Attipat Krishnaswami Ramanujan (1929-1993) was an interdisciplinary scholar and transnational figure who worked as a poet, translator, linguist, and folklorist.
Ramanujan received a BA and MA in English Literature from the University of Mysore, after which he taught at various universities in South India. In 1958, he received a graduate diploma in Theoretical Linguistics from Deccan University in Poona. He arrivied in the United States in 1959, and received a Ph.D. in Linguistics from Indiana University in 1963.
In 1962, Ramanujan became an assistant professor at the University of Chicago. At the university, he was instrumental in developing the South Asian Studies program and worked with the South Asian Languages and Civilization department, the Linguistics department, and the Committee on Social Thought.
Although he remained affiliated with the University of Chicago for the rest of his life, Ramanujan also taught at other universities in the United States, including the University of Wisconsin, Harvard, the University of Michigan, University of California at Berkeley, and Carleton College.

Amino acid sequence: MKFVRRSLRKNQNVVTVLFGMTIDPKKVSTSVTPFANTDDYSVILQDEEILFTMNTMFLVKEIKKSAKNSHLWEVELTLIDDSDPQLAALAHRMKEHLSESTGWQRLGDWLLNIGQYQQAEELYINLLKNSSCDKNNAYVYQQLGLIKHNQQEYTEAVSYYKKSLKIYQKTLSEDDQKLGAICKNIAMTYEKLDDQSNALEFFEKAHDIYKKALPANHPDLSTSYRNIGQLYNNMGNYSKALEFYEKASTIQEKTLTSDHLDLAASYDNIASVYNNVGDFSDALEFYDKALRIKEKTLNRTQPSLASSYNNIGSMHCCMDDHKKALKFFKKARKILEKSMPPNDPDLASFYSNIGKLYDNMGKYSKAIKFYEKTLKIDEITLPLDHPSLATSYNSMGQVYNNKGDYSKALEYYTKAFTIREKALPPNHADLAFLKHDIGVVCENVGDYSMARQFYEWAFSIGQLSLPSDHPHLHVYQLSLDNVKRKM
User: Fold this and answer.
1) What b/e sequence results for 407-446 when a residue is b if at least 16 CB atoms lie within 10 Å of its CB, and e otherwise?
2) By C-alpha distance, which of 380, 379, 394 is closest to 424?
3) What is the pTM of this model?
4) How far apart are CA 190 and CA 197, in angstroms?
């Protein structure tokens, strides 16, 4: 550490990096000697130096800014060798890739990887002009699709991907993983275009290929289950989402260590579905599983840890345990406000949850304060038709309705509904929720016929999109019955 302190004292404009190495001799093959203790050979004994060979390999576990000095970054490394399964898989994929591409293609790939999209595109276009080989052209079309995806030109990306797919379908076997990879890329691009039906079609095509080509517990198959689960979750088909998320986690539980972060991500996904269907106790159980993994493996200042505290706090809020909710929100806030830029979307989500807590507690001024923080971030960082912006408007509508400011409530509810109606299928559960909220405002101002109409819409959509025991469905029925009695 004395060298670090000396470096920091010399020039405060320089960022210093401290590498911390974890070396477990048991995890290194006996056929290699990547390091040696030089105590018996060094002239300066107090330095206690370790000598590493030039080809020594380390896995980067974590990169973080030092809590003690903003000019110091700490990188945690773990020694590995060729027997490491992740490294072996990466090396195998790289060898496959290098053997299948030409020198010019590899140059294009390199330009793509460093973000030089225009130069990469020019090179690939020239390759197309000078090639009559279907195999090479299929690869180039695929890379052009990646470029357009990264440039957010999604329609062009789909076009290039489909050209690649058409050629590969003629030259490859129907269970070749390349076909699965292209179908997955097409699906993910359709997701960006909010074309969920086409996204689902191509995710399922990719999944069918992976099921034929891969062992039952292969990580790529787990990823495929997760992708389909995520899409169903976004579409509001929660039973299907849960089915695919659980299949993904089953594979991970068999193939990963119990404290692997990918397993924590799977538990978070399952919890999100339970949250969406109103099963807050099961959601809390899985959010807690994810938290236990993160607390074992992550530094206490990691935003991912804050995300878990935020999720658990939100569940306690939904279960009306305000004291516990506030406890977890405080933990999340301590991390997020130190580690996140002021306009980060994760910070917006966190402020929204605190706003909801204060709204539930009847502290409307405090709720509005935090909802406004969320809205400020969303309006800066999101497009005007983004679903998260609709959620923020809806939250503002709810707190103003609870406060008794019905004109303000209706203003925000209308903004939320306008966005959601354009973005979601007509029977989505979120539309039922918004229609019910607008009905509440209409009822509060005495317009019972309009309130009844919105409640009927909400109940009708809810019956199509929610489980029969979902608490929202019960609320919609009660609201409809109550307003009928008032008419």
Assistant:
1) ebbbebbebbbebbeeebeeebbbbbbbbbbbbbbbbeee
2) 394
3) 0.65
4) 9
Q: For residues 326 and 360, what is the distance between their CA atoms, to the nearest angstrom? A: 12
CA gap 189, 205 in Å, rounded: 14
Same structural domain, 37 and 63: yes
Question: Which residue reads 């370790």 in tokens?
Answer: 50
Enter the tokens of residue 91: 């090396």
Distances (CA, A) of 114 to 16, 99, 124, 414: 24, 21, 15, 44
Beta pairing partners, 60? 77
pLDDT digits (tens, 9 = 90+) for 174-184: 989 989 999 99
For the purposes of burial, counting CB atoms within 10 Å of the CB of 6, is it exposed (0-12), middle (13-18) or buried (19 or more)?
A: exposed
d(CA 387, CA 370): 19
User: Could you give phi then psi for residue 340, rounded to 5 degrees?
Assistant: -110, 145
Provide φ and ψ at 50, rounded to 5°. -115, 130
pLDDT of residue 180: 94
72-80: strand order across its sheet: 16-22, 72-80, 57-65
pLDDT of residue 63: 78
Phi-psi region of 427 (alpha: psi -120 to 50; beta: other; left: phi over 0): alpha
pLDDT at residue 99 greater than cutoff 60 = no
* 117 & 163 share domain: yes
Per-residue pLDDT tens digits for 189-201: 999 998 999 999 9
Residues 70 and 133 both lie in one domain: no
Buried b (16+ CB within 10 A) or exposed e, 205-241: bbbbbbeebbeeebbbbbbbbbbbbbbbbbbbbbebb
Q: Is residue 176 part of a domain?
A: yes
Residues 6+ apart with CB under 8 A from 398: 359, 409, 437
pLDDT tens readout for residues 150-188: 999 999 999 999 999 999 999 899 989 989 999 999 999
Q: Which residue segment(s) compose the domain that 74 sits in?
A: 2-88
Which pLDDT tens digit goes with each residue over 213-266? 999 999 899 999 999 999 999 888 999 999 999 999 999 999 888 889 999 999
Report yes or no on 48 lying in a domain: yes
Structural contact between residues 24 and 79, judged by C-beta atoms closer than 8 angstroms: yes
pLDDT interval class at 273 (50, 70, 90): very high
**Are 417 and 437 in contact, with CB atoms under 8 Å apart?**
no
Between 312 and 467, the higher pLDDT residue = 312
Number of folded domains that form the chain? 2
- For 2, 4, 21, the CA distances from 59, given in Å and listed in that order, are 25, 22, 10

Ramanujan translated the classical and modern literature of South Asia, as well as folk tales and songs. Much of his work focused on South Indian languages such as Kannada, Tamil, Telugu and Malayalam.
Below: Three manuscripts from "A Flowering Tree: A Woman's Tale." Click to enlarge.